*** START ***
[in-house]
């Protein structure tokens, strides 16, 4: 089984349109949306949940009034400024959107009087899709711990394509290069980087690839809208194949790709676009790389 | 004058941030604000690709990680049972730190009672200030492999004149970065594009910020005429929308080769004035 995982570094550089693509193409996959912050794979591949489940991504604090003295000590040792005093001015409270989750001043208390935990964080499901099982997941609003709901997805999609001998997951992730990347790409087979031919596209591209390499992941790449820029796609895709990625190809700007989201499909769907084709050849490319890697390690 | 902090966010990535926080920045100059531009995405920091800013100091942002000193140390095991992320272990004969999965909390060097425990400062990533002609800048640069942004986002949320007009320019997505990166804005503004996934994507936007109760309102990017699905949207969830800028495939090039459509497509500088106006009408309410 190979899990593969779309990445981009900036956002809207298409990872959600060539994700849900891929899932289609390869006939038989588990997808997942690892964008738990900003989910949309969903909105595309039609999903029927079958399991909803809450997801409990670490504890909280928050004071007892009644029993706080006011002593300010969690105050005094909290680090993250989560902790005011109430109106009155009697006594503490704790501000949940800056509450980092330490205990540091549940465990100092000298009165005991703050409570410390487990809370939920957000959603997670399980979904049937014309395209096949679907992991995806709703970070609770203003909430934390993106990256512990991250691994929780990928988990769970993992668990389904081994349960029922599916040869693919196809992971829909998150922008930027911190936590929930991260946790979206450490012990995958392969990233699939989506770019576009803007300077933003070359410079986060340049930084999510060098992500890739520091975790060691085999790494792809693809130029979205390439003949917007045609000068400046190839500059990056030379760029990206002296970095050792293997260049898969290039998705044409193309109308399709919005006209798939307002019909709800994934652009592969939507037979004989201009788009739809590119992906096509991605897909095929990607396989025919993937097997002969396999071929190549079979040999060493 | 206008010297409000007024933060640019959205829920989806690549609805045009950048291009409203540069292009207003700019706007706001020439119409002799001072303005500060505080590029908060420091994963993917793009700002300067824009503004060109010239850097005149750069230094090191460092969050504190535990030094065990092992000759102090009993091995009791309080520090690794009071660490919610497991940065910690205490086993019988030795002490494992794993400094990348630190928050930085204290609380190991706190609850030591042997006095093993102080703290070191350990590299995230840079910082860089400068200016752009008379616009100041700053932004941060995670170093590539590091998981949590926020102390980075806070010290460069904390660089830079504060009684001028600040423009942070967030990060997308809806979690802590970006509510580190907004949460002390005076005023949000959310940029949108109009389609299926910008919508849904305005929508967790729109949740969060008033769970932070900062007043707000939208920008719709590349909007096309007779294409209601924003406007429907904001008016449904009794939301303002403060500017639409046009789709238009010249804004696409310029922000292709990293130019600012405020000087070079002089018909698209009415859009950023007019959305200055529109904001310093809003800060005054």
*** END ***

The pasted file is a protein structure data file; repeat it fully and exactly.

[in-house]
């Protein structure tokens, strides 16, 4: 089984349109949306949940009034400024959107009087899709711990394509290069980087690839809208194949790709676009790389 | 004058941030604000690709990680049972730190009672200030492999004149970065594009910020005429929308080769004035 995982570094550089693509193409996959912050794979591949489940991504604090003295000590040792005093001015409270989750001043208390935990964080499901099982997941609003709901997805999609001998997951992730990347790409087979031919596209591209390499992941790449820029796609895709990625190809700007989201499909769907084709050849490319890697390690 | 902090966010990535926080920045100059531009995405920091800013100091942002000193140390095991992320272990004969999965909390060097425990400062990533002609800048640069942004986002949320007009320019997505990166804005503004996934994507936007109760309102990017699905949207969830800028495939090039459509497509500088106006009408309410 190979899990593969779309990445981009900036956002809207298409990872959600060539994700849900891929899932289609390869006939038989588990997808997942690892964008738990900003989910949309969903909105595309039609999903029927079958399991909803809450997801409990670490504890909280928050004071007892009644029993706080006011002593300010969690105050005094909290680090993250989560902790005011109430109106009155009697006594503490704790501000949940800056509450980092330490205990540091549940465990100092000298009165005991703050409570410390487990809370939920957000959603997670399980979904049937014309395209096949679907992991995806709703970070609770203003909430934390993106990256512990991250691994929780990928988990769970993992668990389904081994349960029922599916040869693919196809992971829909998150922008930027911190936590929930991260946790979206450490012990995958392969990233699939989506770019576009803007300077933003070359410079986060340049930084999510060098992500890739520091975790060691085999790494792809693809130029979205390439003949917007045609000068400046190839500059990056030379760029990206002296970095050792293997260049898969290039998705044409193309109308399709919005006209798939307002019909709800994934652009592969939507037979004989201009788009739809590119992906096509991605897909095929990607396989025919993937097997002969396999071929190549079979040999060493 | 206008010297409000007024933060640019959205829920989806690549609805045009950048291009409203540069292009207003700019706007706001020439119409002799001072303005500060505080590029908060420091994963993917793009700002300067824009503004060109010239850097005149750069230094090191460092969050504190535990030094065990092992000759102090009993091995009791309080520090690794009071660490919610497991940065910690205490086993019988030795002490494992794993400094990348630190928050930085204290609380190991706190609850030591042997006095093993102080703290070191350990590299995230840079910082860089400068200016752009008379616009100041700053932004941060995670170093590539590091998981949590926020102390980075806070010290460069904390660089830079504060009684001028600040423009942070967030990060997308809806979690802590970006509510580190907004949460002390005076005023949000959310940029949108109009389609299926910008919508849904305005929508967790729109949740969060008033769970932070900062007043707000939208920008719709590349909007096309007779294409209601924003406007429907904001008016449904009794939301303002403060500017639409046009789709238009010249804004696409310029922000292709990293130019600012405020000087070079002089018909698209009415859009950023007019959305200055529109904001310093809003800060005054």